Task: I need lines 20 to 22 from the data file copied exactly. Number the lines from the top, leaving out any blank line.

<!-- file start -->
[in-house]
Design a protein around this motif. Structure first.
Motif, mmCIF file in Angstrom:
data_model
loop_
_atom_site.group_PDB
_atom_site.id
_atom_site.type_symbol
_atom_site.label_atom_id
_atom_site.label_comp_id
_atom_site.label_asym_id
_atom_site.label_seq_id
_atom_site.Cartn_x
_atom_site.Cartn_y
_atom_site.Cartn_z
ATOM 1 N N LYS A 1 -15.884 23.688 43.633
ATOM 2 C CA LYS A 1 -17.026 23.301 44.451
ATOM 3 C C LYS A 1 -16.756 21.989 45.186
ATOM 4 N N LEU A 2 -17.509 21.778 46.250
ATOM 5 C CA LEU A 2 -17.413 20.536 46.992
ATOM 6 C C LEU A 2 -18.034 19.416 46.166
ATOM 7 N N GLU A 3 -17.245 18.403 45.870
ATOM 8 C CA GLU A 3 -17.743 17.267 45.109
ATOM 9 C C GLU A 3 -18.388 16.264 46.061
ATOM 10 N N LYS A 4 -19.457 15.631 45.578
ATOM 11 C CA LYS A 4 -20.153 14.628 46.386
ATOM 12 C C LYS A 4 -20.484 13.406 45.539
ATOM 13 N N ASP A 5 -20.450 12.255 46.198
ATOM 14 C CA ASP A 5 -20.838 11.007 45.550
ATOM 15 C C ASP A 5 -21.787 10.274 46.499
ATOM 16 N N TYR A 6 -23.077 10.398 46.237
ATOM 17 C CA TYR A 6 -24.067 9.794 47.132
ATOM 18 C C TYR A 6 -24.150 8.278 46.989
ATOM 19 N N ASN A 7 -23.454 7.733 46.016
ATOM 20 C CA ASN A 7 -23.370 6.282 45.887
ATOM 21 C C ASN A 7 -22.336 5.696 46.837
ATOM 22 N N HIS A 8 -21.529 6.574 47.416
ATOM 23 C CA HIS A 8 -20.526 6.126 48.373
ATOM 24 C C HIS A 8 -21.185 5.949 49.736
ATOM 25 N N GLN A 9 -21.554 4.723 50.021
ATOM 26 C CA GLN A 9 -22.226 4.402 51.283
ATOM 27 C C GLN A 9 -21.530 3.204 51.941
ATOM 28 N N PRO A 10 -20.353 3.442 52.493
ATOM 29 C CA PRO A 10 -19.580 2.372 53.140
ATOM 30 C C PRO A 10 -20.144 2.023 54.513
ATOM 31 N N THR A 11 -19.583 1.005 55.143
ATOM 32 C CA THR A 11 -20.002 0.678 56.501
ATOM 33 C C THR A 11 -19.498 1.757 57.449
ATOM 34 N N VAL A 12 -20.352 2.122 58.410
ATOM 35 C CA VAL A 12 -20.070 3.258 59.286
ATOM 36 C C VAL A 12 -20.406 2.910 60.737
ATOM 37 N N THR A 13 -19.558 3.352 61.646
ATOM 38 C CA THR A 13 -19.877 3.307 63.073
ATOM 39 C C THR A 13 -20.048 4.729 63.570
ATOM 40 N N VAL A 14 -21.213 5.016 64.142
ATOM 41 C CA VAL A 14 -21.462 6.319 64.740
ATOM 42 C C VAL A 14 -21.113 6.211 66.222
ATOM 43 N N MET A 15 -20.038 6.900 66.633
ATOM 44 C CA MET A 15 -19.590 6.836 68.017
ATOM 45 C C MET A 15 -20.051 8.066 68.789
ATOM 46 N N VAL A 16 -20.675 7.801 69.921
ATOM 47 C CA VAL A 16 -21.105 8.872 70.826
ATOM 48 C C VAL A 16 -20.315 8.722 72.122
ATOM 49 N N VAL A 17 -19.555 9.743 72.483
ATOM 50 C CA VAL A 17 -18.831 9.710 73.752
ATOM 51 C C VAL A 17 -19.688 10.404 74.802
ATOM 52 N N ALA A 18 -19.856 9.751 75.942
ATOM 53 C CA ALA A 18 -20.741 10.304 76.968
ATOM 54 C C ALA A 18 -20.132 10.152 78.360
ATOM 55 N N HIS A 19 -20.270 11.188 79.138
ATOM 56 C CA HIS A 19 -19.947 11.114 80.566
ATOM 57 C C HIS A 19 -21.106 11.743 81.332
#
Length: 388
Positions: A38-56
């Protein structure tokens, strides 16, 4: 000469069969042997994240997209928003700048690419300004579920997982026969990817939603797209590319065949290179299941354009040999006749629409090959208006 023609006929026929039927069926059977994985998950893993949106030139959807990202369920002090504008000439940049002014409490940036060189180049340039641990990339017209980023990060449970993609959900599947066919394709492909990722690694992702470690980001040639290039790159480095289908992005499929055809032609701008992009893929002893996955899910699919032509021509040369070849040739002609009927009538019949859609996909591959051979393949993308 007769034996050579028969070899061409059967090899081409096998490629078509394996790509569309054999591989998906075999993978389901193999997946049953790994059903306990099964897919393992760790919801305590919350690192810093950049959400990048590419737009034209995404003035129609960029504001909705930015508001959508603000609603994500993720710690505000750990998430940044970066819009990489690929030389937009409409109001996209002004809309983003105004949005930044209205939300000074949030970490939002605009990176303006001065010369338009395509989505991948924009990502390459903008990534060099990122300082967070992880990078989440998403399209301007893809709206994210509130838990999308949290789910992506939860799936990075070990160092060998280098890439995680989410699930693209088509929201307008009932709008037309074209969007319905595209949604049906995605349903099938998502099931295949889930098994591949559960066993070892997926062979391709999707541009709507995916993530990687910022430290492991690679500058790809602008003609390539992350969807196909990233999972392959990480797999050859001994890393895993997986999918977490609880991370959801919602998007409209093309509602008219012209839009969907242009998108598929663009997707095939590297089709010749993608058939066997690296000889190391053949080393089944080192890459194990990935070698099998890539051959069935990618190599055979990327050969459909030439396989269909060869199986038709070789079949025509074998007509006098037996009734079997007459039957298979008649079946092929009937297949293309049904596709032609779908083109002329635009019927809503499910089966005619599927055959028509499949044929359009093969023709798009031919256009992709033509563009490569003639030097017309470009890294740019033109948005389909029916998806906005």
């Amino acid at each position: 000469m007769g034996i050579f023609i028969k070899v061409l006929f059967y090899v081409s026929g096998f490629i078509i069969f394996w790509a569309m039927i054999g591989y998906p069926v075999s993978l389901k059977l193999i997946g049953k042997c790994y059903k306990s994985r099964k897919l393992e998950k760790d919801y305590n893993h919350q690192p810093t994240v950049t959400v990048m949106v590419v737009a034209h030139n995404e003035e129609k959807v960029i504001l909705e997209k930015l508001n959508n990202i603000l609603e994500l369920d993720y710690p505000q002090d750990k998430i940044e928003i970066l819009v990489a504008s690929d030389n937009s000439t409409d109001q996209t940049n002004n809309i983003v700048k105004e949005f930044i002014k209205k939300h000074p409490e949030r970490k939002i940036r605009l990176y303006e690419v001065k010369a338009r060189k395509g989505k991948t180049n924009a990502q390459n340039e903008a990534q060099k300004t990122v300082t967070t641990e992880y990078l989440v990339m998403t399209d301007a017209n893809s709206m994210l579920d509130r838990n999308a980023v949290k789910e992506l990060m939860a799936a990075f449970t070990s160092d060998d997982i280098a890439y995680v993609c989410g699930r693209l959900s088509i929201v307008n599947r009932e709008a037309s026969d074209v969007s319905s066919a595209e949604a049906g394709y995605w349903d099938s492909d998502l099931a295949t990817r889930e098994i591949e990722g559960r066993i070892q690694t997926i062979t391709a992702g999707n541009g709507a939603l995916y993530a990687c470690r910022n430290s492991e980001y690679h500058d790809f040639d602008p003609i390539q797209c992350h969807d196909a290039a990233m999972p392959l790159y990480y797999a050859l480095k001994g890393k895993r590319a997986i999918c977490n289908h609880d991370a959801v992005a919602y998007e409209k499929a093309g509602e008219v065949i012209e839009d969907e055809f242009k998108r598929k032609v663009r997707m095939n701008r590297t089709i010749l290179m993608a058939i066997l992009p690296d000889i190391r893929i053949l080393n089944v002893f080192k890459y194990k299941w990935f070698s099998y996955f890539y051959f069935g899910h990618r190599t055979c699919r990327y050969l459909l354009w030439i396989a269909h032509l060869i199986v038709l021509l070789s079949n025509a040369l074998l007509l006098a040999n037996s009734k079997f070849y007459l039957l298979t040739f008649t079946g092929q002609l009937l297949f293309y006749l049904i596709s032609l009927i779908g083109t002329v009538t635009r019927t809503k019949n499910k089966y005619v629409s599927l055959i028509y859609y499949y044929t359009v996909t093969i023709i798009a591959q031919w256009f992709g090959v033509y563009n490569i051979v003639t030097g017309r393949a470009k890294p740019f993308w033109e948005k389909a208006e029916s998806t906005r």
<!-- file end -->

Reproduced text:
ATOM 5 C CA LEU A 2 -17.413 20.536 46.992
ATOM 6 C C LEU A 2 -18.034 19.416 46.166
ATOM 7 N N GLU A 3 -17.245 18.403 45.870